From our Daily Report:

Oceania
Kanak

France accuses Azerbaijan of interfering in New Caledonia

France accused Azerbaijan of interfering in the conflict in New Caledonia, and spreading anti-French propaganda on social media to enflame the unrest in the French overseas territory. The charge was based on a report published by the French state investigative agency Viginum, alleging that Azerbaijan has disseminated “manifestly inaccurate or misleading content…blaming France for its handling of the situation in New Caledonia in the context of the riots.” The report came one day after French Interior Minister Gerald Darmanin accused Azerbaijan of making an agreement with the New Caledonia independence leadership, implying that this was retaliation for French support of Armenia in the conflict between the two Caucasus nations. Darmanin further added that France will not cede to the violence, and that it maintains sovereignty over New Caledonia. (Photo: New Caledonia protesters fly flag of Azerbaijan alongside that of the independence movement. Credit: @BabakTaghvaee1)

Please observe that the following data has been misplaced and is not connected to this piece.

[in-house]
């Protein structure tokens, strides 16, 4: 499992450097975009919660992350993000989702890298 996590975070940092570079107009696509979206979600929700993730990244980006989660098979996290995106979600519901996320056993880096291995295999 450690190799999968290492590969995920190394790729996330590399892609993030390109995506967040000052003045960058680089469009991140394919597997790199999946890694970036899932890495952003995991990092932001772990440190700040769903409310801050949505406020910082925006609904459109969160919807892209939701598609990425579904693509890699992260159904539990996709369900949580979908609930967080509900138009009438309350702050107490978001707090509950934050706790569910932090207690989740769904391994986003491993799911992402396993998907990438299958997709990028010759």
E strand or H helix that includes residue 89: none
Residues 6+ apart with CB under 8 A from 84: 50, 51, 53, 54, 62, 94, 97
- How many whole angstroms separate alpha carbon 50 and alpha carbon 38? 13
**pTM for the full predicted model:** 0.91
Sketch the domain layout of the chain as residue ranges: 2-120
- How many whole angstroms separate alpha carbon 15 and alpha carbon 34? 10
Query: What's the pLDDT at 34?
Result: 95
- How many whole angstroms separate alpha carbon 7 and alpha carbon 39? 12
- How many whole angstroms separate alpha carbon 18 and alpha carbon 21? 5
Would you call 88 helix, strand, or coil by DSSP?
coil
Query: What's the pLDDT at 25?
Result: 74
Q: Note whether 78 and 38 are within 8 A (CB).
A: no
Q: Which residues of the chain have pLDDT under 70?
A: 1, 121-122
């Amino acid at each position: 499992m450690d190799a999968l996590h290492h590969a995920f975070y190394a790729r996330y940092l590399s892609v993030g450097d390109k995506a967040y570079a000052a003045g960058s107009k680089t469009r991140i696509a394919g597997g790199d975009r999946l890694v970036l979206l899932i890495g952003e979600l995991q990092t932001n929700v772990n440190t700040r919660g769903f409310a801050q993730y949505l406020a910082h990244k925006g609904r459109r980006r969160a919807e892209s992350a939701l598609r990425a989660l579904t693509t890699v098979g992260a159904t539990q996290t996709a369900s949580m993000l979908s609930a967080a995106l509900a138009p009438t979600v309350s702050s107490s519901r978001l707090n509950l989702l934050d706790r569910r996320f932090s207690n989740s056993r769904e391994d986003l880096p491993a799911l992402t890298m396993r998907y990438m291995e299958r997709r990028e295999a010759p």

Syria
Idlib

Syria: protests against HTS face repression in Idlib

Security forces of Hayat Tahrir al-Sham (HTS), the Islamist militia that controls much of northwest Syria, put down protests that broke out in cities and towns across Idlib province. In the Idlib cities of Binnish and Jisr al-Shughour, HTS forces beat protesters with batons, deployed armored vehicles, and fired tear-gas and even live rounds to disperse demonstrations calling for the fall of the militia group and its leader, Abu Muhammad al-Jolani. Since then, HTS has increased security in the region, establishing checkpoints and roadblocks, especially aimed at preventing protesters from gathering in the provincial capital, Idlib City. Protests against HTS rule have been mounting in Syria’s northwest since the start of the year. (Photo: Macro Media Center)